Having a pet to look after can be a greatly rewarding experience for young children, teaching them the important values of responsibility and caring for another living creature, as well as providing companionship and even love. So what kind of pet is best for a child?
Small or big?
It may be that a smaller creature, such as a fish, is the best pet for a very young child. However, it is worth bearing in mind that fish are high maintenance and can be termed fragile in terms of ease of care. Fish can mean a significant initial outlay too, as they will need a tank as well as aerators, heaters and filters to keep their water clean and oxygenated.
Cute and furry
Small rodents such as gerbils or guinea pigs are often a good choice for young children. Such animals need only a relatively small space in which to live and minimal care. The most that is needed is a clean living space and regular, appropriate food and water. Gerbils and guinea pigs need company, so acquiring these in pairs is advisable. Hamsters, however, prefer to be on their own. Children should be encouraged to handle these small animals with care to promote friendliness, while also being made aware that they can bite should they become anxious or annoyed. It is also important to make sure the child is aware that these animals have a relatively short life, only a few years, so that their demise does not come as a shock.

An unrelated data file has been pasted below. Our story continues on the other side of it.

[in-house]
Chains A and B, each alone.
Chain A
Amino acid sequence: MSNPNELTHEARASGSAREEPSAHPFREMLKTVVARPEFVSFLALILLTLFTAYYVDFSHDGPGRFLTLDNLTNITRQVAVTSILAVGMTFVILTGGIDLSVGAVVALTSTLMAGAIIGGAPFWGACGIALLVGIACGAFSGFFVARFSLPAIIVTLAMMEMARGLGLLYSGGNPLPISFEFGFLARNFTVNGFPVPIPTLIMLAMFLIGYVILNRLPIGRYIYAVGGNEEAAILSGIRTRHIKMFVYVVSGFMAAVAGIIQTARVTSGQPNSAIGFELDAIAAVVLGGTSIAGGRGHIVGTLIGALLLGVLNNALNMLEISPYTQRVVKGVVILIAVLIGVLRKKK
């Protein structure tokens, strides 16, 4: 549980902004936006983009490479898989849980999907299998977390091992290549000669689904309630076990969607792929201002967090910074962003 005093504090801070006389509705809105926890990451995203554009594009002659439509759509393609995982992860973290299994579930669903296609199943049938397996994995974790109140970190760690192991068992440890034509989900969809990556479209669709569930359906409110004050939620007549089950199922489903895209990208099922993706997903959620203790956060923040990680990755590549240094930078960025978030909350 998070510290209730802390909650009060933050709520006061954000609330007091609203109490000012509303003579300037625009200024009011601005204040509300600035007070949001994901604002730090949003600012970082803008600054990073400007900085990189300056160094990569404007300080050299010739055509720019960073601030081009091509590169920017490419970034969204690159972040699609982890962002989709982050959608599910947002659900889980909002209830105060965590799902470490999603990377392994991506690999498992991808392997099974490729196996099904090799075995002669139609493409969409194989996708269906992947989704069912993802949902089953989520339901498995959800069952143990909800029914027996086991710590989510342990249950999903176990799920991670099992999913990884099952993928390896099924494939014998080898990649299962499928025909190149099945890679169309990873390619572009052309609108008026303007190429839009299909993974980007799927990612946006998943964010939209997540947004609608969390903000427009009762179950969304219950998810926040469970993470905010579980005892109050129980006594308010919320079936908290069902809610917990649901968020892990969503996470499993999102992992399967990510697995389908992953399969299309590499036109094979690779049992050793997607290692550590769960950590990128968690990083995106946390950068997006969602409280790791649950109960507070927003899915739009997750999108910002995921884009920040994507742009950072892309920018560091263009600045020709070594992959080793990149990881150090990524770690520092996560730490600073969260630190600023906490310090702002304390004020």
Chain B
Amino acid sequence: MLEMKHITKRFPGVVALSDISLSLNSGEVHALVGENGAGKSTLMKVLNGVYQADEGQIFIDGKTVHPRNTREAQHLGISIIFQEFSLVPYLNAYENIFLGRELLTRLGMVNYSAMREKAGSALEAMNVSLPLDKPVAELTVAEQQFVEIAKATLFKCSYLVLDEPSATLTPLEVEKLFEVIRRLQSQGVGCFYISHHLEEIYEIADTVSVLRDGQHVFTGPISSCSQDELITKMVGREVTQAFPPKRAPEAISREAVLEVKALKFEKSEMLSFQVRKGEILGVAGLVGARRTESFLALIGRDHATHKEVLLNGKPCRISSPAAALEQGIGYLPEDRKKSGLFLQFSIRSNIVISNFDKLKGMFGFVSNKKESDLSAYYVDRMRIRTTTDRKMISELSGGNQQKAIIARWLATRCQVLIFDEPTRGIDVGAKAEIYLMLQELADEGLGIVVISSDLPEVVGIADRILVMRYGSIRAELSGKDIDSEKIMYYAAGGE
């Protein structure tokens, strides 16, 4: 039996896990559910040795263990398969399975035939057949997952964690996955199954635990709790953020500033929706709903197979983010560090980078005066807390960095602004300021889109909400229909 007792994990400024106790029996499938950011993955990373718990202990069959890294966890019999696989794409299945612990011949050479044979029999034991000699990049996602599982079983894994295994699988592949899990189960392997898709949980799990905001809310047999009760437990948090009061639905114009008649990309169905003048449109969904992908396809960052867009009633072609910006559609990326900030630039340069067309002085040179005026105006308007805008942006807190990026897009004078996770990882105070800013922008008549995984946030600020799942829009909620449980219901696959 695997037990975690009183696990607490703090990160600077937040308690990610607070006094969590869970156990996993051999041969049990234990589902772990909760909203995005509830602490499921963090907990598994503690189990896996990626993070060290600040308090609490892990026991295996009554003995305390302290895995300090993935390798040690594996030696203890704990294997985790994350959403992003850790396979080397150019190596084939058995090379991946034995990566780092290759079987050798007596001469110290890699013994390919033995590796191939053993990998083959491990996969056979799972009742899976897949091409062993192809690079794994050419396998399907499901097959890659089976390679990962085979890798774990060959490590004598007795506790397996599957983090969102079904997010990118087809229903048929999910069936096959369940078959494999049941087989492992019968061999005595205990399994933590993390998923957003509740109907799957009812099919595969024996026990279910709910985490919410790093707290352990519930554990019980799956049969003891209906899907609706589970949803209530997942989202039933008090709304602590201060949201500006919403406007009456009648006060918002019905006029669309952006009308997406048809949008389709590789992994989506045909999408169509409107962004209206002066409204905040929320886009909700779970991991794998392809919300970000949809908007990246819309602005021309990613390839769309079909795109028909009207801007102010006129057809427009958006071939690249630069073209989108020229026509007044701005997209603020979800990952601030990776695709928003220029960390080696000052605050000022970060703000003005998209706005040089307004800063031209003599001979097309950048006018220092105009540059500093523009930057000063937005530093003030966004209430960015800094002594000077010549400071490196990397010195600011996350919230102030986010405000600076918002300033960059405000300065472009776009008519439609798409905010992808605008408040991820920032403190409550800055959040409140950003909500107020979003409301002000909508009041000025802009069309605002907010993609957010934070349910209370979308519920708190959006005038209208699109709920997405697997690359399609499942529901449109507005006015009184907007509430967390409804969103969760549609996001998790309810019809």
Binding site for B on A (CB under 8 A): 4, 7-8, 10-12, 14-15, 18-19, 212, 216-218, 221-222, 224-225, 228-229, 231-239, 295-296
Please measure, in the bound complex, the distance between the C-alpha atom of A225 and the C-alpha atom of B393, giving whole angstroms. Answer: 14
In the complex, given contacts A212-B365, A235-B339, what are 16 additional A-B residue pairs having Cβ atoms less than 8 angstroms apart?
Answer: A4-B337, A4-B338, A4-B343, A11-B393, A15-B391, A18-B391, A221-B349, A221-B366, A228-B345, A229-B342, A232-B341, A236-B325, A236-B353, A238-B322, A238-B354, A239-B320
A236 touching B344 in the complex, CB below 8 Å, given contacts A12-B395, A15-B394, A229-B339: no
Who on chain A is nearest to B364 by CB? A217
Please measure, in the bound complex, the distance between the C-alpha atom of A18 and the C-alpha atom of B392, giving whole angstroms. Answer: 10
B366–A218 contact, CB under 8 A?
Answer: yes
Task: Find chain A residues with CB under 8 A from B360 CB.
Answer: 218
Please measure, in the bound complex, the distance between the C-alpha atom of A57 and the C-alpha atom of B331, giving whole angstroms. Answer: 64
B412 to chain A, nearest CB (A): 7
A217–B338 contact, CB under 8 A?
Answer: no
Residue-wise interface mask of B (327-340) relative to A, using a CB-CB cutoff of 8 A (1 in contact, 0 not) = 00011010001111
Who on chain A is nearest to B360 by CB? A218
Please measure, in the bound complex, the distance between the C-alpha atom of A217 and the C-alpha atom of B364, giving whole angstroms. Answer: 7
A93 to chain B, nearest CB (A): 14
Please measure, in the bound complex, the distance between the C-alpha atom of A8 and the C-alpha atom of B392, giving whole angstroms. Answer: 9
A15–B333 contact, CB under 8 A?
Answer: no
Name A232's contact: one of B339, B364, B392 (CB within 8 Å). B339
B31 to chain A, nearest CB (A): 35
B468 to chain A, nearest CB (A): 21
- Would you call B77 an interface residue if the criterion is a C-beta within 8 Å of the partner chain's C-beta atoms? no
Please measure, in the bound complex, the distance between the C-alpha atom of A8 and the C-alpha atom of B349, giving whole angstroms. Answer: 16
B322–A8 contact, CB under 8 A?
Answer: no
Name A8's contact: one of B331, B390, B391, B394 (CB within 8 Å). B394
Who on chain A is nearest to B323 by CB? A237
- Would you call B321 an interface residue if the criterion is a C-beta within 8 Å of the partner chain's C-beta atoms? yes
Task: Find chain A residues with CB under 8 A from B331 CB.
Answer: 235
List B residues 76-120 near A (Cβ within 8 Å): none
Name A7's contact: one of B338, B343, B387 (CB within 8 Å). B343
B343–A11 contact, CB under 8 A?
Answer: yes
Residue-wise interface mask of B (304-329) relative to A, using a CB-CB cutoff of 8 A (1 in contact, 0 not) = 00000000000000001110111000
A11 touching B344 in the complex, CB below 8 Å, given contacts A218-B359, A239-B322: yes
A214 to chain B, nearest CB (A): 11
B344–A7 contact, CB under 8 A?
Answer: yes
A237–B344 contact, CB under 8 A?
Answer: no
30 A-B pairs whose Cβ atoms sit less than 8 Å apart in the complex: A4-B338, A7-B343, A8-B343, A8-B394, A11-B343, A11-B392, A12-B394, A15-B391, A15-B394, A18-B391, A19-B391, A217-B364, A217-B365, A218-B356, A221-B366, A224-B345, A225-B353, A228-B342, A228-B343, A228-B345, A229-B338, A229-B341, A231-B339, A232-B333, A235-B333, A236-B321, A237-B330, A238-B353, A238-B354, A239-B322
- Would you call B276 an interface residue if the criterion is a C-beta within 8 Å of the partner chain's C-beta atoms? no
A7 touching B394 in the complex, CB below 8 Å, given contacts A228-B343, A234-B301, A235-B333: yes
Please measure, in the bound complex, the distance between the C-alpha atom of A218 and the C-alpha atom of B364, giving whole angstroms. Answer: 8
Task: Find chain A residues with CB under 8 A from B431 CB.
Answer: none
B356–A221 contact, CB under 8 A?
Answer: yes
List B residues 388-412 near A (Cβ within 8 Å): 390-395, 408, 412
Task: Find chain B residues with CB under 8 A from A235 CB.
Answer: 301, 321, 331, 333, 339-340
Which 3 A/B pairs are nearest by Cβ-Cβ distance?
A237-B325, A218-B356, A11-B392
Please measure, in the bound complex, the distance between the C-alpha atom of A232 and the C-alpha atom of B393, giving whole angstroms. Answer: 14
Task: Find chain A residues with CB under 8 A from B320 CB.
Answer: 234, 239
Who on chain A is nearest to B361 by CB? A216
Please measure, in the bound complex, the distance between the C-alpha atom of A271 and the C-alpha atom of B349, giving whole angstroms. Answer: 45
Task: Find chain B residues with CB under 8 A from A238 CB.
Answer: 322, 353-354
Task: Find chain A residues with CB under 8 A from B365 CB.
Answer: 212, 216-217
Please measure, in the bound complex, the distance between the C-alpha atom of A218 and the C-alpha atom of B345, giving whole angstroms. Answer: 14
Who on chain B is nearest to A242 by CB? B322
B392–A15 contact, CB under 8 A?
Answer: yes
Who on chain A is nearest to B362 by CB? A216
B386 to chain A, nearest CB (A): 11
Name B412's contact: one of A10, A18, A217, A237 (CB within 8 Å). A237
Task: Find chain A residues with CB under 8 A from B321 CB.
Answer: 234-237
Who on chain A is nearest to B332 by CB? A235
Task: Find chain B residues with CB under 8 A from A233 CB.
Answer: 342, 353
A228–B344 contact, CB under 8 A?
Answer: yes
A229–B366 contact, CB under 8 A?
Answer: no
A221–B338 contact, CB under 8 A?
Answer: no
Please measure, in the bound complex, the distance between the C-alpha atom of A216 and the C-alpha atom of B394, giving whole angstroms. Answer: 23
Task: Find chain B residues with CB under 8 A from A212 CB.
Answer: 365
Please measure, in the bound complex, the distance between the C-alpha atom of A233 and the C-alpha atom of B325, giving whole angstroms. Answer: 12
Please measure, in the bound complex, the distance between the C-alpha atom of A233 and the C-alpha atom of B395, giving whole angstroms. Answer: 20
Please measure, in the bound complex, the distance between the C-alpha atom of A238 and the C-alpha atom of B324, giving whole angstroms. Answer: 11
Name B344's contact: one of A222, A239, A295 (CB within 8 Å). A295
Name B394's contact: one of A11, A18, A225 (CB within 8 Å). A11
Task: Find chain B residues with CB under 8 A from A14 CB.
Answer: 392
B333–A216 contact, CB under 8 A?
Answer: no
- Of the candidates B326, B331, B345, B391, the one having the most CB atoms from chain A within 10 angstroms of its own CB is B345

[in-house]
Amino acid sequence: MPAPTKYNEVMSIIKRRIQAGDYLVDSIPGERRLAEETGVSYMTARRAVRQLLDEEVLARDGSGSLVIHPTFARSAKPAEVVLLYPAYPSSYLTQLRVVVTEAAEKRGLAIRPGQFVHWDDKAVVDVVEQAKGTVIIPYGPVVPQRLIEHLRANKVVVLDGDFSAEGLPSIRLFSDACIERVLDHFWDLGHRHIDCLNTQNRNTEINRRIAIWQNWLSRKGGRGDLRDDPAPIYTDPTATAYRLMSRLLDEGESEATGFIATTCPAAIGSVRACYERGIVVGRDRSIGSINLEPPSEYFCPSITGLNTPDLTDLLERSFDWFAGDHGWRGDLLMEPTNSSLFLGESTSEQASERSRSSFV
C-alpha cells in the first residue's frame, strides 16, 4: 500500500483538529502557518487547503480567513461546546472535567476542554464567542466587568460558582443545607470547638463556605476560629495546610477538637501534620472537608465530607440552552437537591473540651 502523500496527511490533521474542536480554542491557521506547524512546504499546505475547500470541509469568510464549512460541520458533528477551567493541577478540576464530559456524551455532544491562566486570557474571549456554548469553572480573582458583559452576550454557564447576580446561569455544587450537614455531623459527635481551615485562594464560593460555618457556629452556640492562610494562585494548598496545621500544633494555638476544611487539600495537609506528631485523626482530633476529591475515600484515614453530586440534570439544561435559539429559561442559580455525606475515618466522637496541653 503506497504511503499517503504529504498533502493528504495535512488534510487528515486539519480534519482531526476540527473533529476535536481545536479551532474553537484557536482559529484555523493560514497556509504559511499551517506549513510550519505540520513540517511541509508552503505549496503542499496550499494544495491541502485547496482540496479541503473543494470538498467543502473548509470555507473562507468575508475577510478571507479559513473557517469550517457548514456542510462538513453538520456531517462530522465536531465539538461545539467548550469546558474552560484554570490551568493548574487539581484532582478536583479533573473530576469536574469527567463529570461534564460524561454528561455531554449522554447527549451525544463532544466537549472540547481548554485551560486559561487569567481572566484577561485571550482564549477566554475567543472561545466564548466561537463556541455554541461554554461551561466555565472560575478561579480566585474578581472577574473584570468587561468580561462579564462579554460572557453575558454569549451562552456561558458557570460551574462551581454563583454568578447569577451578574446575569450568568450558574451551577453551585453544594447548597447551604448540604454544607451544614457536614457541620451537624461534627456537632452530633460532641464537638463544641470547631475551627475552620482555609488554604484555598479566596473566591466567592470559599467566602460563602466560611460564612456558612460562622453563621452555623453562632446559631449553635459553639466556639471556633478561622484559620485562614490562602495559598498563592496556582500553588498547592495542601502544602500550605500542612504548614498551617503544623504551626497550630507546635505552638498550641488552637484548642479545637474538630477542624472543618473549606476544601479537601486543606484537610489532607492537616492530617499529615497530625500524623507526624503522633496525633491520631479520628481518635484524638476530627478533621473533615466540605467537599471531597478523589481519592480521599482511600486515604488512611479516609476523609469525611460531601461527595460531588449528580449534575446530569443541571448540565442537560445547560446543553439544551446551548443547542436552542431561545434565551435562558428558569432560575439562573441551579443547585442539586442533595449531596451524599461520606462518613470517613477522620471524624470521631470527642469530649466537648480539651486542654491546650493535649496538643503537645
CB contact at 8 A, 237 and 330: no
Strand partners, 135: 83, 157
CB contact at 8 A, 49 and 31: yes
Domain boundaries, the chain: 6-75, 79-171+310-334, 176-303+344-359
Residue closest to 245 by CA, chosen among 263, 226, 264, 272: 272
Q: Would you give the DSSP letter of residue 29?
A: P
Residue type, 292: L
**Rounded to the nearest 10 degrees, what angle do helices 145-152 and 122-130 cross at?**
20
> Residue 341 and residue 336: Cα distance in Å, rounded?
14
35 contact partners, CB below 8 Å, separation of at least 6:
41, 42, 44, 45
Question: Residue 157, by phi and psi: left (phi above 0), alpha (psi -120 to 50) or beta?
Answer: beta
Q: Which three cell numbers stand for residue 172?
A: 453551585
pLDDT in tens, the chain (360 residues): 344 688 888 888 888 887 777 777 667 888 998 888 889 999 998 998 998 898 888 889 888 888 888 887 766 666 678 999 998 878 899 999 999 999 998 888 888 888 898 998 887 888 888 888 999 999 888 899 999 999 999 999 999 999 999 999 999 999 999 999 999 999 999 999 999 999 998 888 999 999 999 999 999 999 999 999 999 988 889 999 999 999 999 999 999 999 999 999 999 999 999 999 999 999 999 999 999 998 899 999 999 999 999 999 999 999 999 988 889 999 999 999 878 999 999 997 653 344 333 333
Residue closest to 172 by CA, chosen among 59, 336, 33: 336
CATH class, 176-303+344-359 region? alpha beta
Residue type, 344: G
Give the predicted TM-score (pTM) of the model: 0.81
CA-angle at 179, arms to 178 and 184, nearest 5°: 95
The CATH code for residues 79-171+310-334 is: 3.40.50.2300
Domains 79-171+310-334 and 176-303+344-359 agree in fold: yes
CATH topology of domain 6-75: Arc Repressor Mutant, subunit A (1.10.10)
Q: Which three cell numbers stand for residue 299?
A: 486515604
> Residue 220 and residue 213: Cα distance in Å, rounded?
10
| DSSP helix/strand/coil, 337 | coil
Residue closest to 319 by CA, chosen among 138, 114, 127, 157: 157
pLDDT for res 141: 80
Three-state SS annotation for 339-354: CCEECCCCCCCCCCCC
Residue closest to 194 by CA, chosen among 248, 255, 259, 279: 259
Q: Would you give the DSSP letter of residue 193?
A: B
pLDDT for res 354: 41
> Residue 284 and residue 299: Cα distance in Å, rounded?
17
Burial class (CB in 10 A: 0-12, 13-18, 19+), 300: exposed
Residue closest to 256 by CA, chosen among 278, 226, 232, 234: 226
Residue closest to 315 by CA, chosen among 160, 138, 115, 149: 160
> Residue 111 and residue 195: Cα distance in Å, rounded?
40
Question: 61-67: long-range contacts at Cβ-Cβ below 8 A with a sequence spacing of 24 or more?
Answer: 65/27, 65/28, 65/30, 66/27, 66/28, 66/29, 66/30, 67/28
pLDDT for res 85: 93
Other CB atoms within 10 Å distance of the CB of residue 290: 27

Dogs and cats
Dogs are a great choice for kids, but it is probably truer to say a dog becomes part of the family, rather than the responsibility of one individual. It is important to choose the right breed, as some dogs are friendlier than others. Best breeds for kids are Labrador Retrievers, Golden Retrievers, sheep dogs or Cocker Spaniels. All dogs can be considered high maintenance, though, needing regular treatments, such as a Bob Martin wormer and flea deterrents, as well as daily walks, so children need to understand that this will be expected of them. Treated right, dogs give unconditional love and are great companions for kids.
Cats require the same kind of care of as a dog, but unlike a dog, can be left alone for extended periods of time and are very good at looking after themselves, which may make them a good choice for a child who is thought unlikely to be very committed to a pet. Cats do not require, nor always desire, human company, so children need to be aware that they cannot pull a cat about and demand its attention if the cat does not want to give it. Scratches will be the result if they do. Kids should also be told that cats need time to settle into a new home and so should not force any interactions.
Pets can be excellent for children, particularly if they are shy or introverted, for a pet can help to draw them out of their shell and socialise. Children do, however, need to be made aware that owning a pet is a huge responsibility and that a creature’s wellbeing is not to be taken lightly.
This is a collaborative post